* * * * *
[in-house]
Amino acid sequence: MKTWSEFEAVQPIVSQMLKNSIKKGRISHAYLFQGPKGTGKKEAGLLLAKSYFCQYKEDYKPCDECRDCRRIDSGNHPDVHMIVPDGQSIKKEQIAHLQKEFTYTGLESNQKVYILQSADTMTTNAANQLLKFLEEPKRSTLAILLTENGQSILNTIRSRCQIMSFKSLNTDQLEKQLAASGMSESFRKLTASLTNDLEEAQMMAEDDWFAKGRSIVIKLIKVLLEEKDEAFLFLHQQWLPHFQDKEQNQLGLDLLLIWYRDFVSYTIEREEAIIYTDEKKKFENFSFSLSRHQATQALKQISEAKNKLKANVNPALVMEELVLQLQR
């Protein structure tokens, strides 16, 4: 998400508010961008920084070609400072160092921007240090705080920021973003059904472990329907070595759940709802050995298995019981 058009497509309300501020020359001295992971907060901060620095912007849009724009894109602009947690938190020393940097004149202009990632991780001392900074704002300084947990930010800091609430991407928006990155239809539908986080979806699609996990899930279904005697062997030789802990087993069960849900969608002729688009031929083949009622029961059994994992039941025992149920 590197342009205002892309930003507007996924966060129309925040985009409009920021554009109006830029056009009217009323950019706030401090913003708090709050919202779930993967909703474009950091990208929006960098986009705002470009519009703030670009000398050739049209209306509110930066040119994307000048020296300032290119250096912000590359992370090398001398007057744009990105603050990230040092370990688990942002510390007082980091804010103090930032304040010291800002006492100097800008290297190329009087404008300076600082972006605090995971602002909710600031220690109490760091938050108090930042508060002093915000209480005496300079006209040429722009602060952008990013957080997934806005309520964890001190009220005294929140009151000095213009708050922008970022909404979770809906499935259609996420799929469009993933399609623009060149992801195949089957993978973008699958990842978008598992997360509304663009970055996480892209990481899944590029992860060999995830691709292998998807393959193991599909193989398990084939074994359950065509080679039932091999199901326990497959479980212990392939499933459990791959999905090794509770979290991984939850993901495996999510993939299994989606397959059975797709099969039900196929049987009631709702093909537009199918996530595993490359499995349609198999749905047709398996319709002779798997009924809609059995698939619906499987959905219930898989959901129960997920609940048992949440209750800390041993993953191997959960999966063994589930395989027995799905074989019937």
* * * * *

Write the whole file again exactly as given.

[in-house]
Amino acid sequence: MKTWSEFEAVQPIVSQMLKNSIKKGRISHAYLFQGPKGTGKKEAGLLLAKSYFCQYKEDYKPCDECRDCRRIDSGNHPDVHMIVPDGQSIKKEQIAHLQKEFTYTGLESNQKVYILQSADTMTTNAANQLLKFLEEPKRSTLAILLTENGQSILNTIRSRCQIMSFKSLNTDQLEKQLAASGMSESFRKLTASLTNDLEEAQMMAEDDWFAKGRSIVIKLIKVLLEEKDEAFLFLHQQWLPHFQDKEQNQLGLDLLLIWYRDFVSYTIEREEAIIYTDEKKKFENFSFSLSRHQATQALKQISEAKNKLKANVNPALVMEELVLQLQR
């Protein structure tokens, strides 16, 4: 998400508010961008920084070609400072160092921007240090705080920021973003059904472990329907070595759940709802050995298995019981 058009497509309300501020020359001295992971907060901060620095912007849009724009894109602009947690938190020393940097004149202009990632991780001392900074704002300084947990930010800091609430991407928006990155239809539908986080979806699609996990899930279904005697062997030789802990087993069960849900969608002729688009031929083949009622029961059994994992039941025992149920 590197342009205002892309930003507007996924966060129309925040985009409009920021554009109006830029056009009217009323950019706030401090913003708090709050919202779930993967909703474009950091990208929006960098986009705002470009519009703030670009000398050739049209209306509110930066040119994307000048020296300032290119250096912000590359992370090398001398007057744009990105603050990230040092370990688990942002510390007082980091804010103090930032304040010291800002006492100097800008290297190329009087404008300076600082972006605090995971602002909710600031220690109490760091938050108090930042508060002093915000209480005496300079006209040429722009602060952008990013957080997934806005309520964890001190009220005294929140009151000095213009708050922008970022909404979770809906499935259609996420799929469009993933399609623009060149992801195949089957993978973008699958990842978008598992997360509304663009970055996480892209990481899944590029992860060999995830691709292998998807393959193991599909193989398990084939074994359950065509080679039932091999199901326990497959479980212990392939499933459990791959999905090794509770979290991984939850993901495996999510993939299994989606397959059975797709099969039900196929049987009631709702093909537009199918996530595993490359499995349609198999749905047709398996319709002779798997009924809609059995698939619906499987959905219930898989959901129960997920609940048992949440209750800390041993993953191997959960999966063994589930395989027995799905074989019937």